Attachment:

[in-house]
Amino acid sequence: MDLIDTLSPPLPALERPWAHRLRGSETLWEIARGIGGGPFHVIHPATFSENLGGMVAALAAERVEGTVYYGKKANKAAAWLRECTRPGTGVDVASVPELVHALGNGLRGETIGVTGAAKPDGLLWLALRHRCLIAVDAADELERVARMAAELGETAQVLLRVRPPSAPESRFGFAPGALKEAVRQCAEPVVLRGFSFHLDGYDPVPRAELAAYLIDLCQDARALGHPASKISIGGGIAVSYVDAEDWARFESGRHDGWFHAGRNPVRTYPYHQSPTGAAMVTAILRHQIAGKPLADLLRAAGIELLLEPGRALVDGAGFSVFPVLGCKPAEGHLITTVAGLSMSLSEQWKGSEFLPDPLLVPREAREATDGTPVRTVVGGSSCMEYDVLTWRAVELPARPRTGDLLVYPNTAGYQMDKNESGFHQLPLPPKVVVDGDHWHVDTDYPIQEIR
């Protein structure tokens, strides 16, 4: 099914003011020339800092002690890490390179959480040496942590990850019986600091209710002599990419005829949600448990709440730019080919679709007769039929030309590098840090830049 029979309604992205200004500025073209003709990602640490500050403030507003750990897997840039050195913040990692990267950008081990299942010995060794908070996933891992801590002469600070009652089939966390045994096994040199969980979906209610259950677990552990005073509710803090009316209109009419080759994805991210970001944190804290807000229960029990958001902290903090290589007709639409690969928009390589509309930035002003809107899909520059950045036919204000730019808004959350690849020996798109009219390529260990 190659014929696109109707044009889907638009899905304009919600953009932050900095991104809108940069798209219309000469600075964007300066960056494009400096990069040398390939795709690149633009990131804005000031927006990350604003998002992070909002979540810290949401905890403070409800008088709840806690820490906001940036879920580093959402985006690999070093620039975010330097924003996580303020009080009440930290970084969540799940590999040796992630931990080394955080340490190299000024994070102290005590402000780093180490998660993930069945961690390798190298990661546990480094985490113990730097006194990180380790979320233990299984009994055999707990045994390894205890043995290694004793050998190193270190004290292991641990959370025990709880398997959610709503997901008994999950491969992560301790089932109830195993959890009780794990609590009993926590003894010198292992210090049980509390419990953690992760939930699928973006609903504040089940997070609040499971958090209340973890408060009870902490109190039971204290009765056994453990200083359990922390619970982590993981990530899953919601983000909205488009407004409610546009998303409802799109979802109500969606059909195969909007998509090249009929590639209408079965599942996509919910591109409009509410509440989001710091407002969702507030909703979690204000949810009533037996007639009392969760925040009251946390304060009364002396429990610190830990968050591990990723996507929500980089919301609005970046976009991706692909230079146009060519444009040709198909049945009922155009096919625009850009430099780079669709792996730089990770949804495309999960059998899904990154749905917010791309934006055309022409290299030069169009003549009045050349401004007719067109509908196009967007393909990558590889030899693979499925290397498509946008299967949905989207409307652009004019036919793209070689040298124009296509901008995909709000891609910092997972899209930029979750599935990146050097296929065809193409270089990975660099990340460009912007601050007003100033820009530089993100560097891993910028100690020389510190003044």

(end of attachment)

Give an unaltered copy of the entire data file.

[in-house]
Amino acid sequence: MDLIDTLSPPLPALERPWAHRLRGSETLWEIARGIGGGPFHVIHPATFSENLGGMVAALAAERVEGTVYYGKKANKAAAWLRECTRPGTGVDVASVPELVHALGNGLRGETIGVTGAAKPDGLLWLALRHRCLIAVDAADELERVARMAAELGETAQVLLRVRPPSAPESRFGFAPGALKEAVRQCAEPVVLRGFSFHLDGYDPVPRAELAAYLIDLCQDARALGHPASKISIGGGIAVSYVDAEDWARFESGRHDGWFHAGRNPVRTYPYHQSPTGAAMVTAILRHQIAGKPLADLLRAAGIELLLEPGRALVDGAGFSVFPVLGCKPAEGHLITTVAGLSMSLSEQWKGSEFLPDPLLVPREAREATDGTPVRTVVGGSSCMEYDVLTWRAVELPARPRTGDLLVYPNTAGYQMDKNESGFHQLPLPPKVVVDGDHWHVDTDYPIQEIR
């Protein structure tokens, strides 16, 4: 099914003011020339800092002690890490390179959480040496942590990850019986600091209710002599990419005829949600448990709440730019080919679709007769039929030309590098840090830049 029979309604992205200004500025073209003709990602640490500050403030507003750990897997840039050195913040990692990267950008081990299942010995060794908070996933891992801590002469600070009652089939966390045994096994040199969980979906209610259950677990552990005073509710803090009316209109009419080759994805991210970001944190804290807000229960029990958001902290903090290589007709639409690969928009390589509309930035002003809107899909520059950045036919204000730019808004959350690849020996798109009219390529260990 190659014929696109109707044009889907638009899905304009919600953009932050900095991104809108940069798209219309000469600075964007300066960056494009400096990069040398390939795709690149633009990131804005000031927006990350604003998002992070909002979540810290949401905890403070409800008088709840806690820490906001940036879920580093959402985006690999070093620039975010330097924003996580303020009080009440930290970084969540799940590999040796992630931990080394955080340490190299000024994070102290005590402000780093180490998660993930069945961690390798190298990661546990480094985490113990730097006194990180380790979320233990299984009994055999707990045994390894205890043995290694004793050998190193270190004290292991641990959370025990709880398997959610709503997901008994999950491969992560301790089932109830195993959890009780794990609590009993926590003894010198292992210090049980509390419990953690992760939930699928973006609903504040089940997070609040499971958090209340973890408060009870902490109190039971204290009765056994453990200083359990922390619970982590993981990530899953919601983000909205488009407004409610546009998303409802799109979802109500969606059909195969909007998509090249009929590639209408079965599942996509919910591109409009509410509440989001710091407002969702507030909703979690204000949810009533037996007639009392969760925040009251946390304060009364002396429990610190830990968050591990990723996507929500980089919301609005970046976009991706692909230079146009060519444009040709198909049945009922155009096919625009850009430099780079669709792996730089990770949804495309999960059998899904990154749905917010791309934006055309022409290299030069169009003549009045050349401004007719067109509908196009967007393909990558590889030899693979499925290397498509946008299967949905989207409307652009004019036919793209070689040298124009296509901008995909709000891609910092997972899209930029979750599935990146050097296929065809193409270089990975660099990340460009912007601050007003100033820009530089993100560097891993910028100690020389510190003044």